Posted by: John Looker | 3 June, 2018

The Death of Pocahontas

I’m really grateful to Artemis journal (USA) for publishing this poem last month:

The Death of Pocahontas

This was the Thames, she had thought, not the Styx,

having sailed with the tide from London’s wharves
but berthed some miles downstream.

Gravesend, they said.
Not a name that augurs well. And then,
confined to her bunk in fever, back it all flowed:

not the spires and domes,
the forbidding Tower or the stinking streets,
the clangour of bells; not the Palace at Whitehall,
that warren of rooms, noisy and odorous
with courtiers in their wealth of clothing;
nor her presentation at Court.

In the half-light of her cabin – the ship restlessly
shifting with the water, its timbers groaning and cracking –
she lay weakening, her great adventure fading.

In her delirium she walked again the coast
where she was born; paddled its lagoons and creeks;
she breathed the thick humidity of summer nights thrumming
with insect life; heard voices in her own language
whispering of still-unrelinquished beliefs
and her secret name spoken. 

They had taken on board fresh water, supplies
for a dozen weeks at sea but were moored here, aghast,
watching, her great adventure prematurely fading.

And yet – such a journey! Even the snow goose,
appearing on the lakes of her native land each fall,

travels merely in time and space.

© John Looker 2018

This is the last of ten poems that consider historic or legendary journeys, to be the opening part of a book in draft entitled “Shimmering Horizons”. Other poems from the draft book have been published in other journals and anthologies. Artemis journal, founded in 1977,  publishes poetry and art ‘from the Blue Ridge Mountains and beyond’ – see


  1. Liked that, John, thanks.


    • Hi Pete. It’s good to hear from you – and thanks.


  2. I am sure Pocahontas would have thought highly of your poetic tribute to her. After reaching adulthood her only child Thomas Rolfe returned to Virginia and was much maligned for re-establishing relations with his Native American relations.He became a wealthy plantation owner. Rolfes still live and walk the streets of VA. Nicely done John

    Liked by 1 person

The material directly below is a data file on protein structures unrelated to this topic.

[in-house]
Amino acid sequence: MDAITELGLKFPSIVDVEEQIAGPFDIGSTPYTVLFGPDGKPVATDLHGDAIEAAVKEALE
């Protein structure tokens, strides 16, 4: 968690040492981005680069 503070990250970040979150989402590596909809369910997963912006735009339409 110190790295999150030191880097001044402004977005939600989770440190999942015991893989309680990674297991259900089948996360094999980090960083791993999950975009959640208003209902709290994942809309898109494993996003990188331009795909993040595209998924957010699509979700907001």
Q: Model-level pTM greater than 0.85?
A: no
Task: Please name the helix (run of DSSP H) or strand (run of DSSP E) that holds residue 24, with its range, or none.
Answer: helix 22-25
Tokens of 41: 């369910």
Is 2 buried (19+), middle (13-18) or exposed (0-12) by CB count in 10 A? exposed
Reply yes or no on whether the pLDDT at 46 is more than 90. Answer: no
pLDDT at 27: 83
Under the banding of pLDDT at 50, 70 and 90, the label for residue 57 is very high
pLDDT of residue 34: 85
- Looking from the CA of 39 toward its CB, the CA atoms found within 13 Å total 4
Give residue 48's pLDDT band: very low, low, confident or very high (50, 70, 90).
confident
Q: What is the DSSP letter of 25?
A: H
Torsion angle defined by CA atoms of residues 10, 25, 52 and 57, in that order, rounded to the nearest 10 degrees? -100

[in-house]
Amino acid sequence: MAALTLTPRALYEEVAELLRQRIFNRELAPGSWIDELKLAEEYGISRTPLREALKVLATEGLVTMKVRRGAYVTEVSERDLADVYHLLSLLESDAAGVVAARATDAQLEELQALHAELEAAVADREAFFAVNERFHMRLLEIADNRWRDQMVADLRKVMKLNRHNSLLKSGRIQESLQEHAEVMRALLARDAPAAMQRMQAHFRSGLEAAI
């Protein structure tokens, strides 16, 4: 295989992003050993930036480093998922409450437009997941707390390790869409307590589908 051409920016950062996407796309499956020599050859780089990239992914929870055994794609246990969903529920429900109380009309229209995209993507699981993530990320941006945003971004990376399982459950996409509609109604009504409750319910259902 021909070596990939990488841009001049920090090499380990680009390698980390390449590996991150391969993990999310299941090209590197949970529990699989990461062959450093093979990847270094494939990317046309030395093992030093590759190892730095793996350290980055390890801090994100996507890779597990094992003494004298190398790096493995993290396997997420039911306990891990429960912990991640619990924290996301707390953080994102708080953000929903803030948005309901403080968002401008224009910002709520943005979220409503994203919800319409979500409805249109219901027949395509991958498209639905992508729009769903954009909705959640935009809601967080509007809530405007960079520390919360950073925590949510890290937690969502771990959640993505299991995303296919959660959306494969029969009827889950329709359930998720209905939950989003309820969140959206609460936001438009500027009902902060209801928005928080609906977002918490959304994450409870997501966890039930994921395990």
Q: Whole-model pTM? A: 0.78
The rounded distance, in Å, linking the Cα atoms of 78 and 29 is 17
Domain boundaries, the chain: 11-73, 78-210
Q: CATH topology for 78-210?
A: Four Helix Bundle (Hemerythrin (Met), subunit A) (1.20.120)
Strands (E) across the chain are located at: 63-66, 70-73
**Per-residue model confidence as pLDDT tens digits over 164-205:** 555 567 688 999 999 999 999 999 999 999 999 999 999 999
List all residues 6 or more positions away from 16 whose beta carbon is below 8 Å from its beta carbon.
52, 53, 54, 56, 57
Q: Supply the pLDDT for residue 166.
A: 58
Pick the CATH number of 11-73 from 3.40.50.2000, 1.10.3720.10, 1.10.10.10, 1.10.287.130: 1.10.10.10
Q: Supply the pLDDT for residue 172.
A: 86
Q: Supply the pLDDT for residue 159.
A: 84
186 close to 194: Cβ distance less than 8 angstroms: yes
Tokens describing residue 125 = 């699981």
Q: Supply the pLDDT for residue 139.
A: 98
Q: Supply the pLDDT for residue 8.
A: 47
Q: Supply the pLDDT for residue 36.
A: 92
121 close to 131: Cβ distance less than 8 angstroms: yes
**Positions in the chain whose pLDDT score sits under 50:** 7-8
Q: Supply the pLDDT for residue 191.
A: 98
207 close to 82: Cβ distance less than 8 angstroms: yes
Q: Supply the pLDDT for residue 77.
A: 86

• That’s new to me Donald and most interesting. It’s nice to think if her descendants in Virginia even today. Thanks for sharing this. All the best, J


  3. This is a tremendous achievement of historical empathy—poetry! We feel every line. John, keep interpreting America—we need your witness!


    • That’s most kind of you Tom, and most encouraging. She was of course an exceptional and inspiring person!


  4. This moved me deeply, John.


  5. Exceptional work John. That opening line sucks the reader in, after it, we are completely absorbed in the poem. A good first line always does it for me, I suppose I like the immediate gratification, once I am hooked, then I am on board for the remainder of the poem, totally animated. I know if the first line is a blinder that I am not going to regret what follows it.


    • Many thanks Daniel. In this case I had the first line approximately in mind from an early stage in drafting but it went through countless tiny revisions!


      • I very often proceed in a similar way. I entertain that opening line, looking for furtive motifs, drama, dialogue, ideas & let it organically grow out of that line into a god awful shambles which needs taming no end. All part of the fun though.


  6. What I like most about this poem, John, is its tone. You have developed your own voice that is becoming increasingly recognizable, one of the prerequisites on the road to becoming a great poet. The more I read of your work the more I become convinced you are reaching for the stars as a poet. As you know, I’ve written a lot of historically based poetry, but my accomplishments are not as great as what I read here, and it all has to do with that tone, the wiping away of time into memories that then reflect largely on the human condition. the meaning of what being human in alltime means. Excellent, excellent work.


    • As always, you are immensely encouraging Tom. Thank you. Certainly I hope to get the tone right and that is something I think about, so maybe there’s hope that it will come right more often! Very best wishes, J


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